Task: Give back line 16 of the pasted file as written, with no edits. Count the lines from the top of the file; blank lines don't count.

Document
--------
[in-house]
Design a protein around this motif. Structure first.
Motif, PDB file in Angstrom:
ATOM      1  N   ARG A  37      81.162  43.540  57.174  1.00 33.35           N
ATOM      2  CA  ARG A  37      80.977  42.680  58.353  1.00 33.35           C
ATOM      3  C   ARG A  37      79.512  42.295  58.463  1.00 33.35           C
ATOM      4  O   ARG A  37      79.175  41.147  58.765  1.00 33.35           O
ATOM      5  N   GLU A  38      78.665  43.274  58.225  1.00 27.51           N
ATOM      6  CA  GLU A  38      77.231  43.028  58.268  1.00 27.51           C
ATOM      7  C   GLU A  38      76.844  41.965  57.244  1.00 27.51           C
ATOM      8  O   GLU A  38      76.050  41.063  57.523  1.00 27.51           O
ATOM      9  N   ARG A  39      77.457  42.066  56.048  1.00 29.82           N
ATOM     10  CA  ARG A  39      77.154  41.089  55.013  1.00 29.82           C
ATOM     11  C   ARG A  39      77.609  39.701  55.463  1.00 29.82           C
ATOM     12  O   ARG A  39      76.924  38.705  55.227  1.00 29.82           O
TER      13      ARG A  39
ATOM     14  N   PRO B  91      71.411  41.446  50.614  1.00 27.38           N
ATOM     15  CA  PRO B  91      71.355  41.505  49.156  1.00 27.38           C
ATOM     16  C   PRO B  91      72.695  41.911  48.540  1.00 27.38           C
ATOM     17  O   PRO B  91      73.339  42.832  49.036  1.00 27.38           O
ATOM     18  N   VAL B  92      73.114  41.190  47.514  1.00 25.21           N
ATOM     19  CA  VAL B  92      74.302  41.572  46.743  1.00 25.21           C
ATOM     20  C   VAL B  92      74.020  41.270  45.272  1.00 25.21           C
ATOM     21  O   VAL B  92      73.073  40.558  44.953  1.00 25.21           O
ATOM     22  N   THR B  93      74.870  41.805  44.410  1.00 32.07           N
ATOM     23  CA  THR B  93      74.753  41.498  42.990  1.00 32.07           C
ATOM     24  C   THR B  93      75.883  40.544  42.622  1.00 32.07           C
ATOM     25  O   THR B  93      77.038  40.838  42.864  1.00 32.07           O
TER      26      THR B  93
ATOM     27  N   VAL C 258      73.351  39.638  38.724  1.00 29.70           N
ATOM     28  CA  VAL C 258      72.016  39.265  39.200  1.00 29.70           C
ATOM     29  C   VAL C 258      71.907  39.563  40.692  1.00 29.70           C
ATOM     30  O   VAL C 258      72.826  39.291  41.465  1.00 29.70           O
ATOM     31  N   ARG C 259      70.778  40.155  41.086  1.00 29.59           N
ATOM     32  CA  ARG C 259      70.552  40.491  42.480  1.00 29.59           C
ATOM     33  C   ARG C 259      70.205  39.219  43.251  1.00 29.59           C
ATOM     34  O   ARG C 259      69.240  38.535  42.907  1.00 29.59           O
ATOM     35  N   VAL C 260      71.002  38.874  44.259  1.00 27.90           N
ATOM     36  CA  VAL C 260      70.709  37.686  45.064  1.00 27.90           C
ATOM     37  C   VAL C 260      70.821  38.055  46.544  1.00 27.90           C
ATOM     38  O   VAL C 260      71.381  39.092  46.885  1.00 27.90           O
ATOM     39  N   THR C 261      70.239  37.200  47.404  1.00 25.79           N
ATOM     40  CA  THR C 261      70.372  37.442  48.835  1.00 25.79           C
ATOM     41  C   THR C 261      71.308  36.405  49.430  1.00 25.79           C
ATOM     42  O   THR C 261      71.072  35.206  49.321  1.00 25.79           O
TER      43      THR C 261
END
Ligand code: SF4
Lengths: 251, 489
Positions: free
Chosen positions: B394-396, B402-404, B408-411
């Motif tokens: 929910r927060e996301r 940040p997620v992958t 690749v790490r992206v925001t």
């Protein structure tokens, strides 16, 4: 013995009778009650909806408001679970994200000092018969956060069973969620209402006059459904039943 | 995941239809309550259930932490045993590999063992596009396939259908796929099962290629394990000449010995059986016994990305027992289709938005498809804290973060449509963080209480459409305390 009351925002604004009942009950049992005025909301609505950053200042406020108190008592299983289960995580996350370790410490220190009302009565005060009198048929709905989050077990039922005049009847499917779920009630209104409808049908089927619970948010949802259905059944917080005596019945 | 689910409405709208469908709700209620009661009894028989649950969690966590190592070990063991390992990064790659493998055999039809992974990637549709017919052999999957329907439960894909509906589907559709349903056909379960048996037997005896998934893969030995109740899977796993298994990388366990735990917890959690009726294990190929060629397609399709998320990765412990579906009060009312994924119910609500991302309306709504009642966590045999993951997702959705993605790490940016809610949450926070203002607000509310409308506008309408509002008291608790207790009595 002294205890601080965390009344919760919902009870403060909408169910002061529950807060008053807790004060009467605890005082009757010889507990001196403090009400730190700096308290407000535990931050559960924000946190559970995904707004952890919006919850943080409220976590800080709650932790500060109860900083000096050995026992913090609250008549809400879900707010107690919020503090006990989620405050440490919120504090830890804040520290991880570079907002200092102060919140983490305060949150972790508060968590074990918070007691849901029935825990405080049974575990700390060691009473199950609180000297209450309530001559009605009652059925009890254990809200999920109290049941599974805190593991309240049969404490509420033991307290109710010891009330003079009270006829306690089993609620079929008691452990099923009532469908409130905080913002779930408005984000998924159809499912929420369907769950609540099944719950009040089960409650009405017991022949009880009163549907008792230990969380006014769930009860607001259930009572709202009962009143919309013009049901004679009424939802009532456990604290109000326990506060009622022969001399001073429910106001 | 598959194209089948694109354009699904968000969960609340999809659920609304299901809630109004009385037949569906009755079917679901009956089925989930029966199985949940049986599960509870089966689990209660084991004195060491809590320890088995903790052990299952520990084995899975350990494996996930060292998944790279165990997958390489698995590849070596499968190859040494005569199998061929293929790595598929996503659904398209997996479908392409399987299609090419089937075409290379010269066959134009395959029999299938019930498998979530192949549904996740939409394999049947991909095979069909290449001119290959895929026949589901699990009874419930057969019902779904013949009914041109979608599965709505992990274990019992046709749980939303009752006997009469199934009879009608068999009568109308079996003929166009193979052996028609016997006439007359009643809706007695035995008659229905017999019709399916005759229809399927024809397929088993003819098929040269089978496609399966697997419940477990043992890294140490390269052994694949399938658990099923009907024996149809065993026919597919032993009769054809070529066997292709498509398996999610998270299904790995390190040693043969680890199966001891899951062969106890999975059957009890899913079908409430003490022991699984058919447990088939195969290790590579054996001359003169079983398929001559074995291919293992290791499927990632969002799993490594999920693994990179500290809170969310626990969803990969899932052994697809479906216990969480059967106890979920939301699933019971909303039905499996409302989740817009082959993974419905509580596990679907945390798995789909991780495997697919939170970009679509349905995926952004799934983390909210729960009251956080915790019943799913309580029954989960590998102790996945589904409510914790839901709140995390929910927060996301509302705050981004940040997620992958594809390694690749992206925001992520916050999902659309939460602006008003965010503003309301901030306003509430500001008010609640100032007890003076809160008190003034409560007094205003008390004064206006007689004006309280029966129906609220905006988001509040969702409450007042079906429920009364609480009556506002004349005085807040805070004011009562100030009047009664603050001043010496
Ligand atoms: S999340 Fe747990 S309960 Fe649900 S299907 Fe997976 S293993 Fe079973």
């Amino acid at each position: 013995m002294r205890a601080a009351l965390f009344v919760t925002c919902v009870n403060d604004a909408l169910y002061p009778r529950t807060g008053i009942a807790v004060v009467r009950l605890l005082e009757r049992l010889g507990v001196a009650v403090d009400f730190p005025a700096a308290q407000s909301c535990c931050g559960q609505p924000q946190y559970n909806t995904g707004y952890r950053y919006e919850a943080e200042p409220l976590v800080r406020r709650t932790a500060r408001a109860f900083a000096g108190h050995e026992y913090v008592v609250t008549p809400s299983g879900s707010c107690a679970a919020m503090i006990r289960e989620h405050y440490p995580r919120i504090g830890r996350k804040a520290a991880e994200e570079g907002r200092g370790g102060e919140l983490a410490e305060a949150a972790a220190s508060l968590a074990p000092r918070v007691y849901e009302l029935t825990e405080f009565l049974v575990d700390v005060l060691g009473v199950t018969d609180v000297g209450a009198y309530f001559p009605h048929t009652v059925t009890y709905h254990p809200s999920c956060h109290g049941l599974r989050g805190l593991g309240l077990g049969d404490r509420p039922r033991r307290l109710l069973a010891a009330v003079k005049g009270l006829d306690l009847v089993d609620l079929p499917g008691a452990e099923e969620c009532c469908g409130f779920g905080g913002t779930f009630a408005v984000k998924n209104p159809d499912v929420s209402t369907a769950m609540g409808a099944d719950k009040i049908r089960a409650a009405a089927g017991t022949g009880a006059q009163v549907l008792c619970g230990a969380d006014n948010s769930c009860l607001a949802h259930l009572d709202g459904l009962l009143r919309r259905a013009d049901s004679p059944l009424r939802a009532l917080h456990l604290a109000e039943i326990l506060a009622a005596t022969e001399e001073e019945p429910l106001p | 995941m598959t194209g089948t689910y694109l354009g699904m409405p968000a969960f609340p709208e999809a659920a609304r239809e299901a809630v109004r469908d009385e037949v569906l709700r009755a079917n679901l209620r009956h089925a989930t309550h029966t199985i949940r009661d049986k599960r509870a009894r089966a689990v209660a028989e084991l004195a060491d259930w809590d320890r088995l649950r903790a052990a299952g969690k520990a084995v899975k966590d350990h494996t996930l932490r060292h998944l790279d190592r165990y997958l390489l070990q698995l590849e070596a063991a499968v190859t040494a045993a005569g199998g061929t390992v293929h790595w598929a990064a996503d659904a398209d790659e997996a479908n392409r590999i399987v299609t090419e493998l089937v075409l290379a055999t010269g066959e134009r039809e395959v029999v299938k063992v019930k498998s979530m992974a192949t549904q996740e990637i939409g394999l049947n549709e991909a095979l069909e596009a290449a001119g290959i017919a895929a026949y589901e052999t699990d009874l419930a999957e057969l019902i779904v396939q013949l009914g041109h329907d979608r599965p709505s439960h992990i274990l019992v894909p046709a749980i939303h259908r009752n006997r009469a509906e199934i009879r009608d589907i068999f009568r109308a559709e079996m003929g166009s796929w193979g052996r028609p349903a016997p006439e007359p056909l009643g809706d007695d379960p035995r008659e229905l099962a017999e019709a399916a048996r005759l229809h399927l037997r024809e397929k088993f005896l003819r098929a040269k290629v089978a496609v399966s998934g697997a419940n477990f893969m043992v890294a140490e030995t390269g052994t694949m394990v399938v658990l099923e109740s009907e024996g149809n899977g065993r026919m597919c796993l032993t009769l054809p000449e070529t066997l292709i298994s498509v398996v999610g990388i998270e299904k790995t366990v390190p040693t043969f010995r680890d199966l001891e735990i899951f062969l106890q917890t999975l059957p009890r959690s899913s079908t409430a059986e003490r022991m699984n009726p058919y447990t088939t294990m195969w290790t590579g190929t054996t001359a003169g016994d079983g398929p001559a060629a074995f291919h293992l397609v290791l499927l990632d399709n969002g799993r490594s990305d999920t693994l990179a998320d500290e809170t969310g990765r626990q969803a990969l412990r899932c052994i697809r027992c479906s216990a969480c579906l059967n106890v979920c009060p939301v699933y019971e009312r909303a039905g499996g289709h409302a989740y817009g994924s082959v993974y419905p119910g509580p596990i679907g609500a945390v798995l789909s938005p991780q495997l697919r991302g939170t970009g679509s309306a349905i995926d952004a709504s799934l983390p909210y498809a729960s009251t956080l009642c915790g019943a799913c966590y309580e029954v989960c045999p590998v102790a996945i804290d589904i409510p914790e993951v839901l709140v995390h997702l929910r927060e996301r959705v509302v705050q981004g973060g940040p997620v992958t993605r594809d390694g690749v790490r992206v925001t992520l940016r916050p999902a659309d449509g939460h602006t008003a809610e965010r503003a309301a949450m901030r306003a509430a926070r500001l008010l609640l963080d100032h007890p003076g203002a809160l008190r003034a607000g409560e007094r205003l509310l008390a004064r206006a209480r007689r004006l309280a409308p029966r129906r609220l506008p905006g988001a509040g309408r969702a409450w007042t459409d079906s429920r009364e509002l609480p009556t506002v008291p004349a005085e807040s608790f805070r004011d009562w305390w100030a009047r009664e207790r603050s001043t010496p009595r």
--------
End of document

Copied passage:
TER      13      ARG A  39